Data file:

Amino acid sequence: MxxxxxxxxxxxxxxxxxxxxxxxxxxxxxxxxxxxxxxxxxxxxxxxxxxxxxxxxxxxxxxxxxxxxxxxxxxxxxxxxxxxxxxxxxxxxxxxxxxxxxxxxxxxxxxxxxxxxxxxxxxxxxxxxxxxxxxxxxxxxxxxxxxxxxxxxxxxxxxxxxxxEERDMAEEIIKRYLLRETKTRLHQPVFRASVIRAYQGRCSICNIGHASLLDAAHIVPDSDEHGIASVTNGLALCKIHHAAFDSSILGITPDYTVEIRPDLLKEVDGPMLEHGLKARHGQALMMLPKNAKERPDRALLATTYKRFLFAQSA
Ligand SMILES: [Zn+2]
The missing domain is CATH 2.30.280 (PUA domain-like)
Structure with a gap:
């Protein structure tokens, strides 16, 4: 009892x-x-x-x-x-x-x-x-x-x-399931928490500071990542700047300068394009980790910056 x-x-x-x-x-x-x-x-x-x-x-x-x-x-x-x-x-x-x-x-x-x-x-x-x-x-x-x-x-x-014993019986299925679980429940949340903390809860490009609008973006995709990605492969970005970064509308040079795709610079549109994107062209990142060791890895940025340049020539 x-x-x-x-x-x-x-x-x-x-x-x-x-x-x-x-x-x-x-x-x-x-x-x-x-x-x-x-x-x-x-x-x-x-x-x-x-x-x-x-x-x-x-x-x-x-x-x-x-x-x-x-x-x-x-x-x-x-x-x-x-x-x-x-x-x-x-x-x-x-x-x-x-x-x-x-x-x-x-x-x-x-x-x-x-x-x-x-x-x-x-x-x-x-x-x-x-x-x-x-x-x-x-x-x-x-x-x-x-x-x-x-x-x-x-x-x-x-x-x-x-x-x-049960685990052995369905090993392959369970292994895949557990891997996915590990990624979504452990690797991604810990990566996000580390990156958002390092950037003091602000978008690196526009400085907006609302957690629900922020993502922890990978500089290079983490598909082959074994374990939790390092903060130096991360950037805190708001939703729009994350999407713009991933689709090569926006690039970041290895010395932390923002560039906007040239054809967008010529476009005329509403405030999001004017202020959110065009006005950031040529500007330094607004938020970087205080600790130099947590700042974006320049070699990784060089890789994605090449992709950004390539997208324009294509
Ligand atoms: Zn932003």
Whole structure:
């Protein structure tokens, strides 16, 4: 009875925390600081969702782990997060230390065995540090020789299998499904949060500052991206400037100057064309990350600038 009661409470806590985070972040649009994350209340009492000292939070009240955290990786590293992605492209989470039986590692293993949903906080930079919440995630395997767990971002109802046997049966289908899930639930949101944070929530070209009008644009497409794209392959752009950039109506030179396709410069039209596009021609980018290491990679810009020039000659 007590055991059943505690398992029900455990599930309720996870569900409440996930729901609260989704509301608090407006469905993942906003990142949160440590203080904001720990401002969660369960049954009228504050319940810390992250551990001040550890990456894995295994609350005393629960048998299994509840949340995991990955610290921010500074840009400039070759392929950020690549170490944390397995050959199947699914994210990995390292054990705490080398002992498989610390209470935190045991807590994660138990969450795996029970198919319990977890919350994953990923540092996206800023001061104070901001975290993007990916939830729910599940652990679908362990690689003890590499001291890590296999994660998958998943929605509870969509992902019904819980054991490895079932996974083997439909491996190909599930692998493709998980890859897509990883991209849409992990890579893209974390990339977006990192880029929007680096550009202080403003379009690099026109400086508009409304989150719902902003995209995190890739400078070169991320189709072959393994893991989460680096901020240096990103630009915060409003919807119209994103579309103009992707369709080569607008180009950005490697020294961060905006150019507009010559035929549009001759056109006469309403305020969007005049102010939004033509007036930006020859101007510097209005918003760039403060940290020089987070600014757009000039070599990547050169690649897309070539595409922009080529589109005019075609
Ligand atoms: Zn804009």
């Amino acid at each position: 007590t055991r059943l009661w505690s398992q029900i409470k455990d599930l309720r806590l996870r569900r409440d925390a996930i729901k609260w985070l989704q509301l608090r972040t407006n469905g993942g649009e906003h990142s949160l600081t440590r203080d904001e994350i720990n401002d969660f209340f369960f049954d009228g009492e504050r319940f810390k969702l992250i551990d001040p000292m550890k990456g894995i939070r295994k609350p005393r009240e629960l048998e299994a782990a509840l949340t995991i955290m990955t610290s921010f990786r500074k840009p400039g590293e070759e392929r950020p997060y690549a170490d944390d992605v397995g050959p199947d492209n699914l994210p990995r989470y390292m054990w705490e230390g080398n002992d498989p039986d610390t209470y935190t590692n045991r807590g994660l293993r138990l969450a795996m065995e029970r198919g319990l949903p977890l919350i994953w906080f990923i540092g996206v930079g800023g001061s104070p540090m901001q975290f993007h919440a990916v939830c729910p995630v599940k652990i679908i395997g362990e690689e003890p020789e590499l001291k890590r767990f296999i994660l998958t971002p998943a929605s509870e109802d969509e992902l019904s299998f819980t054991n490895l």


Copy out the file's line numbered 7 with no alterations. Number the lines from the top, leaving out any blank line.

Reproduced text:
Whole structure: